When Onedio set out to bring an HQ-trivia app – Oyna Kazan – to market, it set itself some ambitious targets. It wanted to slash development time, bringing the product to market within a month, and it wanted to attract a million concurrent users in its first go-to-market phase.
But building an interactive trivia quiz app and video streaming experience is no simple task, in particular putting exacting demands on realtime infrastructure:
Low-latency is mission-critical for HQ apps. If questions are sent or answers received outside of the allotted timeframe the information loses its value. Even slight increases in latency leaves users frustrated – so Onedio’s developers needed to enable instant communications within the quiz’s short time-bursts of eight seconds, no matter how large, varied and unpredictable the number of players answering multiple-choice questions.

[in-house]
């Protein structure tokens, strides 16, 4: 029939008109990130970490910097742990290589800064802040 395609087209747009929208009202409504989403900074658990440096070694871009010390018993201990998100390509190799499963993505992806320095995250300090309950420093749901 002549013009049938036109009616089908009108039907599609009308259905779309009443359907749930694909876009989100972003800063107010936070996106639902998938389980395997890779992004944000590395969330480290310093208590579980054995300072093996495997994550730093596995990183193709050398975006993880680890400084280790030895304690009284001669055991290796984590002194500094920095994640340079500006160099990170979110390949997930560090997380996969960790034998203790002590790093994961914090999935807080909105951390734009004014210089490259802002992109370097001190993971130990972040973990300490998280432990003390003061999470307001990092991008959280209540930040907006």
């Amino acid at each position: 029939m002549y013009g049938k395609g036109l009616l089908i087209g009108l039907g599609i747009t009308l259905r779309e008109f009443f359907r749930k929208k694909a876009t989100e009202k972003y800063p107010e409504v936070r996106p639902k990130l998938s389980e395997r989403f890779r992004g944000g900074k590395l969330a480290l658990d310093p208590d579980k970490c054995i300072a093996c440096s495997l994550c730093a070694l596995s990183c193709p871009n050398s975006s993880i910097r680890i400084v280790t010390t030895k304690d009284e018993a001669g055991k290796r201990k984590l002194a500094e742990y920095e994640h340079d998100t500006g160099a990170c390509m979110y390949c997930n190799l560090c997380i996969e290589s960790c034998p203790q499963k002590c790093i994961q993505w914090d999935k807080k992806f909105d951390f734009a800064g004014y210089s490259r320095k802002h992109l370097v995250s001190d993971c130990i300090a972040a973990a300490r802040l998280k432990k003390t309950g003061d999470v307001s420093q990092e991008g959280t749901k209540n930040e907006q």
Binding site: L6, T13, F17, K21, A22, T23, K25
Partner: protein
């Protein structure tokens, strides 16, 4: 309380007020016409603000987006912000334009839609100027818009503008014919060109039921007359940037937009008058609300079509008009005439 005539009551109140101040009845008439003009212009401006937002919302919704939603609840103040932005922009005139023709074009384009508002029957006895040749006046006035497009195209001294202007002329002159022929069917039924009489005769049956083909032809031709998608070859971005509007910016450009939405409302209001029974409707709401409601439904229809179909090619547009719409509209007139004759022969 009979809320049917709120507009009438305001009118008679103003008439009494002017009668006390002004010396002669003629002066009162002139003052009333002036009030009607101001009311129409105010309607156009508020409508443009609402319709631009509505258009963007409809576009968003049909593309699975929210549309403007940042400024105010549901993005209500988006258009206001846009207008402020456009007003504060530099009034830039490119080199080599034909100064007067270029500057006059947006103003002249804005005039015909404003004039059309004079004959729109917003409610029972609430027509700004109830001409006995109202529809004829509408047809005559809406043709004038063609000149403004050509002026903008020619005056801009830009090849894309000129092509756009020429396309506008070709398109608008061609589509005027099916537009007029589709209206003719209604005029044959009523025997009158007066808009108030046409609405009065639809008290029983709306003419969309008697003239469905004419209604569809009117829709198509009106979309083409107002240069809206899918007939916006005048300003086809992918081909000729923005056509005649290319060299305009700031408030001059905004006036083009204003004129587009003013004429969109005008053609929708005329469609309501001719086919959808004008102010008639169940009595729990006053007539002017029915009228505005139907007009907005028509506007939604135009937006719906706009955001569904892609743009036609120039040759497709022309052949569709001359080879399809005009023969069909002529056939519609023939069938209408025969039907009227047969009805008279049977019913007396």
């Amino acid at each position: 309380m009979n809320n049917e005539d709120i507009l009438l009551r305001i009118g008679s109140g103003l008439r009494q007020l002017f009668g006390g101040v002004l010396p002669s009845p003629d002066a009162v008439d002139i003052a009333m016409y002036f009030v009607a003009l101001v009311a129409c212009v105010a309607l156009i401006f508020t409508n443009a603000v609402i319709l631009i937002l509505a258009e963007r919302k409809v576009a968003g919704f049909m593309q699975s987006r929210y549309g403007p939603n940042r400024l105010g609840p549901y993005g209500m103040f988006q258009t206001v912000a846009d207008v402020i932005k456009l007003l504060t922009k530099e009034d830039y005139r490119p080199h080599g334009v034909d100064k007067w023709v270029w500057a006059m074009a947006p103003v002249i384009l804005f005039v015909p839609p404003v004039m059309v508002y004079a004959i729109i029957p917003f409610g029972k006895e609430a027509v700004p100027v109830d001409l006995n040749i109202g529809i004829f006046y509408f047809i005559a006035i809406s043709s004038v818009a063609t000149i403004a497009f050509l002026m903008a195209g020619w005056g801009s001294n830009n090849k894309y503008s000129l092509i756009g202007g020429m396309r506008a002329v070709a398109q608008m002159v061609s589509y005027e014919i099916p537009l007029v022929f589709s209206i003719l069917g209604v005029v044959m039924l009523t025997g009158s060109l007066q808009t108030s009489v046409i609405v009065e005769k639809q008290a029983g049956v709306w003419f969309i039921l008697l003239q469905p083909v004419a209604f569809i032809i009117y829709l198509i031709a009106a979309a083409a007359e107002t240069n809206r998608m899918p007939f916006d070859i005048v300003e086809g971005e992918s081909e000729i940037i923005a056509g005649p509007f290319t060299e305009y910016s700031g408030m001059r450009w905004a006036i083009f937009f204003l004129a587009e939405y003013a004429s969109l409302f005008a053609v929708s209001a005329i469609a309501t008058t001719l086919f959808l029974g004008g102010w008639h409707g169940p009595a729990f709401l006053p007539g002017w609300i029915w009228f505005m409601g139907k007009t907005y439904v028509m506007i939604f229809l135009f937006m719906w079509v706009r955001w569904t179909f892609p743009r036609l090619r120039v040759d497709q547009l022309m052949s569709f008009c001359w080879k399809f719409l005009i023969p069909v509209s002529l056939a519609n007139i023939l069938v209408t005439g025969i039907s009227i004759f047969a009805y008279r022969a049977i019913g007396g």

Burstability would be key to Oyna Kazan’s UX. The app needed to handle dramatic expansions and contractions in active online users (from zero to 1,000,000 in less than 10 seconds, in line with Onedio's growth ambitions) smoothly, with zero-impact on system capacity.
Effective integration with Amazon SQS and AWS would be crucial to the app’s ability to queue data before processing and thereby solve a classic HQ app problem – not just fanning the data out in realtime but also funnelling data back to SQS within 65ms.